Simple Preparation of a Chinese Classic
Crossroads of Asia
Lingering Vinegar and Garlic
“There’s a trick if you want to know that it’s a Filipino an apartment belongs to; the garlic and vinegar can linger around a good long while.” — N.V.M. Golnzalez, The Bamboo Dancers 
Can there be any common factors in the cuisine of such a far-flung and diverse people? There may be some common elements, but we have to look for them in the past.
The ancestors of today’s Filipinos spoke languages of the Malayo-Polynesian language family. This far-flung language group stretches from Madagascar in the west to Easter Island in the east, with Hawaii in the middle.
These people were sea-farers, expert seamen and navigators. Fish were an essential part of their diet, and seafood remains a key element of Philippine cuisine today. Continue reading
The Manila Galleon and the Third Route
Tomatoes, Chili Peppers and Beche de Mer
“Tang cookery sounds like modern Japanese cookery — plain food, sometimes raw, with few savory mixtures or interesting sauces.” — Edward Schafer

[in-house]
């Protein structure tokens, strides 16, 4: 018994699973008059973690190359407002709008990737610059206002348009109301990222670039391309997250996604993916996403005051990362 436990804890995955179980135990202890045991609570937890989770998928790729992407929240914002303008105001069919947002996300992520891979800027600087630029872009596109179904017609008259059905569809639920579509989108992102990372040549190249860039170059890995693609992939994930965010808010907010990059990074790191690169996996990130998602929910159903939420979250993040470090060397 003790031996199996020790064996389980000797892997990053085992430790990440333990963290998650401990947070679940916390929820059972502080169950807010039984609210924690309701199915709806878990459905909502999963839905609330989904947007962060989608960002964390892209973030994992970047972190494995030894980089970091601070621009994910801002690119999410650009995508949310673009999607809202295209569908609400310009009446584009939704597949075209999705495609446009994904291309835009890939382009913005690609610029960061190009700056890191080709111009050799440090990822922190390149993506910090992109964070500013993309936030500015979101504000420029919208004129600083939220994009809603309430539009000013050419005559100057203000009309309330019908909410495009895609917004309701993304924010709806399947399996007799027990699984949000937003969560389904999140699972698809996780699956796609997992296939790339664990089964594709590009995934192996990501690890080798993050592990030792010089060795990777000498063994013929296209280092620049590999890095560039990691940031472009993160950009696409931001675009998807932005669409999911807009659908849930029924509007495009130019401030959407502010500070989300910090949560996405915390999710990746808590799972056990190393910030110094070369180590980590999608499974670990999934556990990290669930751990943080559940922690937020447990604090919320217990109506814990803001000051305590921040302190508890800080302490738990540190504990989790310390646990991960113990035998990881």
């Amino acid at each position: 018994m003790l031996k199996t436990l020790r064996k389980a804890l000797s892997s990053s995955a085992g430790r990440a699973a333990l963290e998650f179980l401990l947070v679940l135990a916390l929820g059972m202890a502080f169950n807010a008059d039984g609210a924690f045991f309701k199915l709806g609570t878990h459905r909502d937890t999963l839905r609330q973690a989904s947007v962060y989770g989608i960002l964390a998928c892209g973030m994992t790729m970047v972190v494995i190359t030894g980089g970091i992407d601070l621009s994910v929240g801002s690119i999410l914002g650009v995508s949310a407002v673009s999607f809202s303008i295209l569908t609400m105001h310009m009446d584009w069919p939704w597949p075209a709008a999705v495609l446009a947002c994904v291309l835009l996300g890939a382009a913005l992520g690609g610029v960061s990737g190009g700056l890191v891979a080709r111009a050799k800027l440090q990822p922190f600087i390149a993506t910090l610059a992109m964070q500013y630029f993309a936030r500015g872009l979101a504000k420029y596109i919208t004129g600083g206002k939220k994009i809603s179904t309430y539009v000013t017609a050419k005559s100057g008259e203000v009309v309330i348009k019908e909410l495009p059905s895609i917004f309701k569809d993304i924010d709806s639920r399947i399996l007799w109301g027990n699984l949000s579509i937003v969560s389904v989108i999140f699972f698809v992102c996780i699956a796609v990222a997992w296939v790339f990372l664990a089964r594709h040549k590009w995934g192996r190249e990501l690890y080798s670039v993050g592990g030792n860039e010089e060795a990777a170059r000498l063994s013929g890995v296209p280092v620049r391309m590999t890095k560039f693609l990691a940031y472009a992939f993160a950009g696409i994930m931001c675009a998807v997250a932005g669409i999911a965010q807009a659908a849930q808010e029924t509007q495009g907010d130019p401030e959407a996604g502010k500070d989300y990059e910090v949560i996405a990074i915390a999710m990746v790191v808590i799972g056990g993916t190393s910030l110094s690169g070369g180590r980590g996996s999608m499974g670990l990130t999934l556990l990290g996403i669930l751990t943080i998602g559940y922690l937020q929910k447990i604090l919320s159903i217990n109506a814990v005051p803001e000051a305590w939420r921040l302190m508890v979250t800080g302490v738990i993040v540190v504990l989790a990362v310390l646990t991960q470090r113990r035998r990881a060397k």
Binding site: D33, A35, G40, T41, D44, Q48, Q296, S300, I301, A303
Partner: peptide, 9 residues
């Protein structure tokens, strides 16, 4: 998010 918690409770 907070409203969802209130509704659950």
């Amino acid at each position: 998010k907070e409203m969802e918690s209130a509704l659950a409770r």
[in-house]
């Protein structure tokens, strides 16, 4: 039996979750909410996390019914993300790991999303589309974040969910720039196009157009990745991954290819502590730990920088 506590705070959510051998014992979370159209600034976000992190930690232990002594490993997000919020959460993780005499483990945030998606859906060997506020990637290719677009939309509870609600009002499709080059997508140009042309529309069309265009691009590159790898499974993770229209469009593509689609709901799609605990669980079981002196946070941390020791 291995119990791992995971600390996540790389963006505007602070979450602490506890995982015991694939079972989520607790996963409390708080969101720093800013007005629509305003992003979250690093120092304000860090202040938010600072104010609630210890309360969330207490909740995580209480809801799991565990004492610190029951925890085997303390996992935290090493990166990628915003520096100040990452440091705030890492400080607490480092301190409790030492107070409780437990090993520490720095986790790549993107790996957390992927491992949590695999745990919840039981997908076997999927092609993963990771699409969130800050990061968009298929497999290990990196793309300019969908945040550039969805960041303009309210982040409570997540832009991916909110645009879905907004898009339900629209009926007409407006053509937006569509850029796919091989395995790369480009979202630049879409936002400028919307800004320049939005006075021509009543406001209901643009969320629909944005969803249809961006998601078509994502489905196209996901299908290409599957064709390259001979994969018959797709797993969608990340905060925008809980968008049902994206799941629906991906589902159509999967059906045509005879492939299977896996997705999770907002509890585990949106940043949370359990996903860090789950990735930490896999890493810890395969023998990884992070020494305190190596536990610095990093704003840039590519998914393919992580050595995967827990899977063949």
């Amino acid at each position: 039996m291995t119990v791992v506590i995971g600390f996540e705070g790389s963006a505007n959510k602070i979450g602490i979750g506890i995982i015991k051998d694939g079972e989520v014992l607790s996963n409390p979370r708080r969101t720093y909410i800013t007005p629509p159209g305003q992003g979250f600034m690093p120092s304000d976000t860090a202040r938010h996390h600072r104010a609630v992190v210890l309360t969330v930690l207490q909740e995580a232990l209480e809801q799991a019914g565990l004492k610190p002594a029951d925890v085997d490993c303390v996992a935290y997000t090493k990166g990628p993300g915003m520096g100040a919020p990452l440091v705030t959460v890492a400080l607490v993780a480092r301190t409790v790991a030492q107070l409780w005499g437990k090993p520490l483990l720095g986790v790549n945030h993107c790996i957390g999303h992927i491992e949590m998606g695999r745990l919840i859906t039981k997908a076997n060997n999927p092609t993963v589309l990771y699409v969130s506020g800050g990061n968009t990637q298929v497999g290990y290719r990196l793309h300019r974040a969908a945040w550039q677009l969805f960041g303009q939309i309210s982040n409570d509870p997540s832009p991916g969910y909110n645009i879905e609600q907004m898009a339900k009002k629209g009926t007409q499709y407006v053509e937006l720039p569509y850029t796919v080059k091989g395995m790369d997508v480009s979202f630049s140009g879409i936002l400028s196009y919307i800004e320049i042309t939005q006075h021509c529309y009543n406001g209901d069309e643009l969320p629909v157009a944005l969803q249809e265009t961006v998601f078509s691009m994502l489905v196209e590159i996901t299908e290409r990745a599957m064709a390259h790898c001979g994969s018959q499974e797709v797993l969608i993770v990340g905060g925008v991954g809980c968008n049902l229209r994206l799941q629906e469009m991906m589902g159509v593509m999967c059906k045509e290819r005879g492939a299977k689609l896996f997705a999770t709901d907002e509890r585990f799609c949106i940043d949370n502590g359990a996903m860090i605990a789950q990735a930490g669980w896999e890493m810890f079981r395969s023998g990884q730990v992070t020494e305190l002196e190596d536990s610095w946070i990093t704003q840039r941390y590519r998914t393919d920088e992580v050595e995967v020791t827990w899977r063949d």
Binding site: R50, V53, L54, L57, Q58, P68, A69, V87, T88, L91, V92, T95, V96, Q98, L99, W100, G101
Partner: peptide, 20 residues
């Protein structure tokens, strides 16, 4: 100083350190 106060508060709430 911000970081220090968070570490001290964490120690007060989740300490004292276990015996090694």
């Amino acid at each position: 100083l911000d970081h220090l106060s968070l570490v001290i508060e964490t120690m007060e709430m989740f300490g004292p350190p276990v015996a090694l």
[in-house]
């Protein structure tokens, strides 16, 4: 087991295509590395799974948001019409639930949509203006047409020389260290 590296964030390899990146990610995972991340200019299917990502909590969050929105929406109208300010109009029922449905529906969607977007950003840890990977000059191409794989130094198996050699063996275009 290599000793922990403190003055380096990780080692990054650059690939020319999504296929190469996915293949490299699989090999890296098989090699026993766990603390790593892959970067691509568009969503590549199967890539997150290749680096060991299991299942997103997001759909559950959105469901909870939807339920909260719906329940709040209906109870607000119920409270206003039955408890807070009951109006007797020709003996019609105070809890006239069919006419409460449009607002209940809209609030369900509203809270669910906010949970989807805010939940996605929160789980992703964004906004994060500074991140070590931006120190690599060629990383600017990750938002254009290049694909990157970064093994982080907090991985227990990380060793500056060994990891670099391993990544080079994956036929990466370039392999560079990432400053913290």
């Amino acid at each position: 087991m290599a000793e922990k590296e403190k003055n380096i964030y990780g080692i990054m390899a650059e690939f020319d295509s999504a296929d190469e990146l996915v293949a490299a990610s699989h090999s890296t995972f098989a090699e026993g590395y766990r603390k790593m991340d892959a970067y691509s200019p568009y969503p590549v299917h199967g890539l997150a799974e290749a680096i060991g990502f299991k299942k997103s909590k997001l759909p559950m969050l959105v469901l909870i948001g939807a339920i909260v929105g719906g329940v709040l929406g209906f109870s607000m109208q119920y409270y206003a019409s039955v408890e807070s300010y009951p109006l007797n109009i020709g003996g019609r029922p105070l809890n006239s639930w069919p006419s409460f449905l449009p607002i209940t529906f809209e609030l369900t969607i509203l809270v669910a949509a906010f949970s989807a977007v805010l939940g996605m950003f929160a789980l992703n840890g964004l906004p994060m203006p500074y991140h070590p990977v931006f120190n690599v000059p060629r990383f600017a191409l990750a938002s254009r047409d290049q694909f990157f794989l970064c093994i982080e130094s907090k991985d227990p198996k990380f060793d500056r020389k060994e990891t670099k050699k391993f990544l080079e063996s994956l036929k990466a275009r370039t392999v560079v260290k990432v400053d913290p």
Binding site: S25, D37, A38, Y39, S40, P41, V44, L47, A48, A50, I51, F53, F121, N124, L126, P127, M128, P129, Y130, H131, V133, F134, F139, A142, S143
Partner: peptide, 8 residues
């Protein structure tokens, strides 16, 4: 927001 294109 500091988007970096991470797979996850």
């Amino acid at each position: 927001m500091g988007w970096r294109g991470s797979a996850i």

“The best of modern Chinese cooking developed in relatively modern times under the influence of foreign taste and customs, in particular those of India and the lands of the Desert and the Isles.” — Edward Schafer
We sometimes forget how many of the foods we associate with Pacific Rim cuisines today were not native to much of the region in the oldest times and have migrated back and forth along the ancient trade routes. Continue reading
Sea Grub or Sea Mice?
Solomon Islands Currency
You see them in Asian markets. They do look like cucumbers, and are typically about six inches long in the fresh state. Sometimes they are sold dried. The dried form is usually black and rock-hard, and only a few inches long.Despite the name, they are not a vegetable and are not related to cucumbers. They are a kind of seafood.